“Due to very limited policing of the market, it has exploded, not only in the scale of sales volume, but the number of participants,” he said, pointing out that this was primarily due to the meteoric use of social media, now not only social but as an e-commerce platform.

“Given the past unregulated nature of the online marketplace, brick and mortars businesses have unfairly suffered as online retailers have a much more competitive cost structure, especially if they have avoided tax,” he told The Post.

Serious blow to local company’s bottom line

Hence, the concern that while the sub-decree applies to big techs, it could also capture economic activities across the country, including consumers and smaller firms later.

“… it is also likely that other countries in the region will apply something similar in their jurisdictions, making it even harder [or potentially impossible] for Cambodian firms to be competitive in foreign markets,” said Deborah Elms, executive director of Singapore-based Asian Trade Centre Pte Ltd.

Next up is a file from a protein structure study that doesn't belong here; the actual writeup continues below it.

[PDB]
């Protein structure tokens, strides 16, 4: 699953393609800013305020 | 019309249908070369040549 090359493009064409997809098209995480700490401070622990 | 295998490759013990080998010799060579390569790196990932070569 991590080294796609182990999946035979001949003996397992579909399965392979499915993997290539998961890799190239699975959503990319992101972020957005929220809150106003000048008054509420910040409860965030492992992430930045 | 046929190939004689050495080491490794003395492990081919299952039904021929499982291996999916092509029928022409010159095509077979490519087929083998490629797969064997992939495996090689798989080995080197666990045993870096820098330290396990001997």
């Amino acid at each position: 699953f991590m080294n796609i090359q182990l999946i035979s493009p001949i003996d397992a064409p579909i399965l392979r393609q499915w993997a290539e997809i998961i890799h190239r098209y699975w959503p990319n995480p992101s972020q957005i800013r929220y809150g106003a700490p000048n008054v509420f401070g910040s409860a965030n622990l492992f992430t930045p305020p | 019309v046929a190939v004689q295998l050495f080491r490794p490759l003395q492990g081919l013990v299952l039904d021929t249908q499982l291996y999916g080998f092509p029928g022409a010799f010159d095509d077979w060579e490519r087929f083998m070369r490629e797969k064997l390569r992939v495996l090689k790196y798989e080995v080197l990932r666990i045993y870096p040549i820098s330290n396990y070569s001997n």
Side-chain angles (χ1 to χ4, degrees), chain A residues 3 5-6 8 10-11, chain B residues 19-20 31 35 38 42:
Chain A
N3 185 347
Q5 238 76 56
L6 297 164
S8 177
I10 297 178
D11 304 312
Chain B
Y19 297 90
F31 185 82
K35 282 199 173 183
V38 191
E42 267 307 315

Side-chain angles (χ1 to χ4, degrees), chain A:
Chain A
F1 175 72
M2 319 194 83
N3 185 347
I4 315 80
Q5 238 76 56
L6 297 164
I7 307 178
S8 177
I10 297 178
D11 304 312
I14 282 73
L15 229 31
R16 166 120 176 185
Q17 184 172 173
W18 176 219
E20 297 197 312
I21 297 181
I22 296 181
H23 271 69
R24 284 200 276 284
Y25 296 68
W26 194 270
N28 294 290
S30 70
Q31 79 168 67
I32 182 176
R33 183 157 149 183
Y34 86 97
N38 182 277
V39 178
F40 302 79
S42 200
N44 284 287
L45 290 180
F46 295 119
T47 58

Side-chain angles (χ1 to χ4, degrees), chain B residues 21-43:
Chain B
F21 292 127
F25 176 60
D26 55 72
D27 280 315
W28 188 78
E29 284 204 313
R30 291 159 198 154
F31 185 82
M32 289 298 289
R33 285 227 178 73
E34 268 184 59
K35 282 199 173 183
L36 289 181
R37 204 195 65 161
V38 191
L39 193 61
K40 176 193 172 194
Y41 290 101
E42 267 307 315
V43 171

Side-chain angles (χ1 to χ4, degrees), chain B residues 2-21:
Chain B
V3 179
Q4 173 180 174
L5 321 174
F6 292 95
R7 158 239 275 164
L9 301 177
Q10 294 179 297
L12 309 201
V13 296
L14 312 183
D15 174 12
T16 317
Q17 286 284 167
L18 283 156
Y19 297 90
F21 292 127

Her firm, which she founded, works with governments and corporates in Asia Pacific where it advocates and educates trade matters.

Given the law’s broad language, Elms said it could easily capture all digital activities and include VAT payment on any service valued at more than free as well as every single cross-border e-commerce good.

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The chart shows the result of a survey conducted on youths based on their usage of digital platforms, goods and services.

“[And] every firm that might make a single sale into Cambodia would have to be registered to pay Cambodian VAT every month [but] the logistics of this are so complex that most firms would simply `shut off’ Cambodia as a possible delivery market, I would assume,” she opined.

She felt that the net result would be that Cambodians might end up with a “significantly smaller assortment of goods and services” in the market and, whatever foreign products or services remain in demand, would cost a bit more.